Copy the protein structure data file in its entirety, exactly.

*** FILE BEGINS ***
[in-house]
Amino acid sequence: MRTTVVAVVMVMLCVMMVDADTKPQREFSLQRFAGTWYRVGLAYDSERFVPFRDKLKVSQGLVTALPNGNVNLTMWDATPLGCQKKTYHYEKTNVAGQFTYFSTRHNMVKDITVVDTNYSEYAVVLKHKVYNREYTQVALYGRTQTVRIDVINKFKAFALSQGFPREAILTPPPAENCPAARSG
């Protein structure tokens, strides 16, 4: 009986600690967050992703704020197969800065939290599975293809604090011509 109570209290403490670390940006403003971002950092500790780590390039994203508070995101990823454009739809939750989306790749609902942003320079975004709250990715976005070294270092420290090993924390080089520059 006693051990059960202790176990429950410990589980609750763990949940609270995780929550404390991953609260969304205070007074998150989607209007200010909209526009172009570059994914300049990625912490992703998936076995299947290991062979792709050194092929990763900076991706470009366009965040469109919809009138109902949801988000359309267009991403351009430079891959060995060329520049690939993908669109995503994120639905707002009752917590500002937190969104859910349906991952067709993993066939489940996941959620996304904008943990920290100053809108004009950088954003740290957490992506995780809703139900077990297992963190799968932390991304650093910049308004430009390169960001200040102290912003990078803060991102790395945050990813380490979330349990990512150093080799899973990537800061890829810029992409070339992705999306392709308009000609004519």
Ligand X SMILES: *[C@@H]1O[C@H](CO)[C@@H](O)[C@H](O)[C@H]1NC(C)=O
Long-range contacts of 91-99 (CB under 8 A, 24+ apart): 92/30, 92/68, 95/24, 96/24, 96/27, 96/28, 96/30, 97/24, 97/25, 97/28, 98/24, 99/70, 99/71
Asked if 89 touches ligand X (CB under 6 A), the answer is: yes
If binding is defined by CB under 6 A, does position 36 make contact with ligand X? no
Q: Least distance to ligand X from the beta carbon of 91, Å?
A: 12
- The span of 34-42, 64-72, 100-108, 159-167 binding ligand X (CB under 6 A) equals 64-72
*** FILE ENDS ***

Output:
[in-house]
Amino acid sequence: MRTTVVAVVMVMLCVMMVDADTKPQREFSLQRFAGTWYRVGLAYDSERFVPFRDKLKVSQGLVTALPNGNVNLTMWDATPLGCQKKTYHYEKTNVAGQFTYFSTRHNMVKDITVVDTNYSEYAVVLKHKVYNREYTQVALYGRTQTVRIDVINKFKAFALSQGFPREAILTPPPAENCPAARSG
């Protein structure tokens, strides 16, 4: 009986600690967050992703704020197969800065939290599975293809604090011509 109570209290403490670390940006403003971002950092500790780590390039994203508070995101990823454009739809939750989306790749609902942003320079975004709250990715976005070294270092420290090993924390080089520059 006693051990059960202790176990429950410990589980609750763990949940609270995780929550404390991953609260969304205070007074998150989607209007200010909209526009172009570059994914300049990625912490992703998936076995299947290991062979792709050194092929990763900076991706470009366009965040469109919809009138109902949801988000359309267009991403351009430079891959060995060329520049690939993908669109995503994120639905707002009752917590500002937190969104859910349906991952067709993993066939489940996941959620996304904008943990920290100053809108004009950088954003740290957490992506995780809703139900077990297992963190799968932390991304650093910049308004430009390169960001200040102290912003990078803060991102790395945050990813380490979330349990990512150093080799899973990537800061890829810029992409070339992705999306392709308009000609004519």
Ligand X SMILES: *[C@@H]1O[C@H](CO)[C@@H](O)[C@H](O)[C@H]1NC(C)=O
Long-range contacts of 91-99 (CB under 8 A, 24+ apart): 92/30, 92/68, 95/24, 96/24, 96/27, 96/28, 96/30, 97/24, 97/25, 97/28, 98/24, 99/70, 99/71
Asked if 89 touches ligand X (CB under 6 A), the answer is: yes
If binding is defined by CB under 6 A, does position 36 make contact with ligand X? no
Q: Least distance to ligand X from the beta carbon of 91, Å?
A: 12
- The span of 34-42, 64-72, 100-108, 159-167 binding ligand X (CB under 6 A) equals 64-72